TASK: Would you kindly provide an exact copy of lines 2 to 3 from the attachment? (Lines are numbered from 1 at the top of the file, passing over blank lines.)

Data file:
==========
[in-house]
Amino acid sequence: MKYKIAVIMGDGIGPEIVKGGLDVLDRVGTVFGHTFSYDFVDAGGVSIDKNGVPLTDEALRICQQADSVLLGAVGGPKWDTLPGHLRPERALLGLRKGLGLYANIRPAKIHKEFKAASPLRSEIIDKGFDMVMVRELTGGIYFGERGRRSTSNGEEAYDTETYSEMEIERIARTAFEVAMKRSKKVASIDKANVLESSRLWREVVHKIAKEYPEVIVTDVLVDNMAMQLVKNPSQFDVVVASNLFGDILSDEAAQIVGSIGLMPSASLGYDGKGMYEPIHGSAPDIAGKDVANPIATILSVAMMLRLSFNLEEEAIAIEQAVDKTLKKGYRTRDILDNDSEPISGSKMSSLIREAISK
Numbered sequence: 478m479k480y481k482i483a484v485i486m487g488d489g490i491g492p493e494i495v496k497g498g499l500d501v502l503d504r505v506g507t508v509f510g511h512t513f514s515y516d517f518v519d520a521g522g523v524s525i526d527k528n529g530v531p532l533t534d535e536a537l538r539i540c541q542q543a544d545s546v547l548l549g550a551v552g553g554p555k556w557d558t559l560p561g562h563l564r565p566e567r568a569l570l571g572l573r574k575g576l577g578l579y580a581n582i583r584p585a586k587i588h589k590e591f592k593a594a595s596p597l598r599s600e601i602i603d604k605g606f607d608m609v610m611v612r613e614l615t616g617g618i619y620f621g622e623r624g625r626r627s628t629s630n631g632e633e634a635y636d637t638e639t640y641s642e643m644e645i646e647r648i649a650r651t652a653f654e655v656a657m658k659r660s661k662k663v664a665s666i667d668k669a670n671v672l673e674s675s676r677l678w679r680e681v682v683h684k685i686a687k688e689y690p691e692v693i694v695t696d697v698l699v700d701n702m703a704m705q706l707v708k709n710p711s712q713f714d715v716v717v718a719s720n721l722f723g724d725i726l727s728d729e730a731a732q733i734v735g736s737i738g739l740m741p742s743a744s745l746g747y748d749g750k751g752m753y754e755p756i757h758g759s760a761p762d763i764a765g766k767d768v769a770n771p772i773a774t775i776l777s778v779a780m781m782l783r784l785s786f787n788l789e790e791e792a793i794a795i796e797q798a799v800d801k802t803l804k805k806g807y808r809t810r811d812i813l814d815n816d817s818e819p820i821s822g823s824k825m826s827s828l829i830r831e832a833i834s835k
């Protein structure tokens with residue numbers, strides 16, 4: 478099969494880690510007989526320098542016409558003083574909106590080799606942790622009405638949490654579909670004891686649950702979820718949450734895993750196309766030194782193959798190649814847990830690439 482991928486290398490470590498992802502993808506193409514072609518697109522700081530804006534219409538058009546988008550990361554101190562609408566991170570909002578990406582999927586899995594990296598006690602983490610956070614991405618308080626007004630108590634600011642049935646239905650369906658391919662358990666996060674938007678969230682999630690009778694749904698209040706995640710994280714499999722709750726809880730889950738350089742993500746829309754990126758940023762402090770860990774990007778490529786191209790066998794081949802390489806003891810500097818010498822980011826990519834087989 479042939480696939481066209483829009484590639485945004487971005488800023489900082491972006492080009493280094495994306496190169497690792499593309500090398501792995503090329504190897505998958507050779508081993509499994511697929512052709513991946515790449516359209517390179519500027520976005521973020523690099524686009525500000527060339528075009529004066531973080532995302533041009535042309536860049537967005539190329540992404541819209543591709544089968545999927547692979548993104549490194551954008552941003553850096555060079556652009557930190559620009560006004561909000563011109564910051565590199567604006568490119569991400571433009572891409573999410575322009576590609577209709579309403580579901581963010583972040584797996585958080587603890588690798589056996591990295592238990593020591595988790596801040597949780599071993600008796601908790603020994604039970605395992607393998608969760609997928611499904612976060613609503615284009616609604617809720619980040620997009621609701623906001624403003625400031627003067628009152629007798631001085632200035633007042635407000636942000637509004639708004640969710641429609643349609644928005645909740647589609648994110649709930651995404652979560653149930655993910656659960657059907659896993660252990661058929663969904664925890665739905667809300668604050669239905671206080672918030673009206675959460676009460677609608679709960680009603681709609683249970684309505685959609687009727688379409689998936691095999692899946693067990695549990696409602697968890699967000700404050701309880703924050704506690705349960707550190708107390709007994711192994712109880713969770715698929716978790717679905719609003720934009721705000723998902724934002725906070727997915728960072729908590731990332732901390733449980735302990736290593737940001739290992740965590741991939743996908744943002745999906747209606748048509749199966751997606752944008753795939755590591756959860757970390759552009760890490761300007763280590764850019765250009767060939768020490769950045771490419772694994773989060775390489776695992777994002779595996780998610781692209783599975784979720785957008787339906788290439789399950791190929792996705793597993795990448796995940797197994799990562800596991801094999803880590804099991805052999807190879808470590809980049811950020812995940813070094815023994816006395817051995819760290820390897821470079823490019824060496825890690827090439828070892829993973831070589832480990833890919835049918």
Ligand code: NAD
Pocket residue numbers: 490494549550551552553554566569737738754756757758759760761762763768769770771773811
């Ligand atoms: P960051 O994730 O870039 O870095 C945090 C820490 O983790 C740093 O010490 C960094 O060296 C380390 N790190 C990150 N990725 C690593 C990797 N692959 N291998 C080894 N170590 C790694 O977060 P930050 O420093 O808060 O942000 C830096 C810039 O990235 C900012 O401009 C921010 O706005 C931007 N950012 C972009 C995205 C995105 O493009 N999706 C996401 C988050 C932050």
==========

Amino acid sequence: MKYKIAVIMGDGIGPEIVKGGLDVLDRVGTVFGHTFSYDFVDAGGVSIDKNGVPLTDEALRICQQADSVLLGAVGGPKWDTLPGHLRPERALLGLRKGLGLYANIRPAKIHKEFKAASPLRSEIIDKGFDMVMVRELTGGIYFGERGRRSTSNGEEAYDTETYSEMEIERIARTAFEVAMKRSKKVASIDKANVLESSRLWREVVHKIAKEYPEVIVTDVLVDNMAMQLVKNPSQFDVVVASNLFGDILSDEAAQIVGSIGLMPSASLGYDGKGMYEPIHGSAPDIAGKDVANPIATILSVAMMLRLSFNLEEEAIAIEQAVDKTLKKGYRTRDILDNDSEPISGSKMSSLIREAISK
Numbered sequence: 478m479k480y481k482i483a484v485i486m487g488d489g490i491g492p493e494i495v496k497g498g499l500d501v502l503d504r505v506g507t508v509f510g511h512t513f514s515y516d517f518v519d520a521g522g523v524s525i526d527k528n529g530v531p532l533t534d535e536a537l538r539i540c541q542q543a544d545s546v547l548l549g550a551v552g553g554p555k556w557d558t559l560p561g562h563l564r565p566e567r568a569l570l571g572l573r574k575g576l577g578l579y580a581n582i583r584p585a586k587i588h589k590e591f592k593a594a595s596p597l598r599s600e601i602i603d604k605g606f607d608m609v610m611v612r613e614l615t616g617g618i619y620f621g622e623r624g625r626r627s628t629s630n631g632e633e634a635y636d637t638e639t640y641s642e643m644e645i646e647r648i649a650r651t652a653f654e655v656a657m658k659r660s661k662k663v664a665s666i667d668k669a670n671v672l673e674s675s676r677l678w679r680e681v682v683h684k685i686a687k688e689y690p691e692v693i694v695t696d697v698l699v700d701n702m703a704m705q706l707v708k709n710p711s712q713f714d715v716v717v718a719s720n721l722f723g724d725i726l727s728d729e730a731a732q733i734v735g736s737i738g739l740m741p742s743a744s745l746g747y748d749g750k751g752m753y754e755p756i757h758g759s760a761p762d763i764a765g766k767d768v769a770n771p772i773a774t775i776l777s778v779a780m781m782l783r784l785s786f787n788l789e790e791e792a793i794a795i796e797q798a799v800d801k802t803l804k805k806g807y808r809t810r811d812i813l814d815n816d817s818e819p820i821s822g823s824k825m826s827s828l829i830r831e832a833i834s835k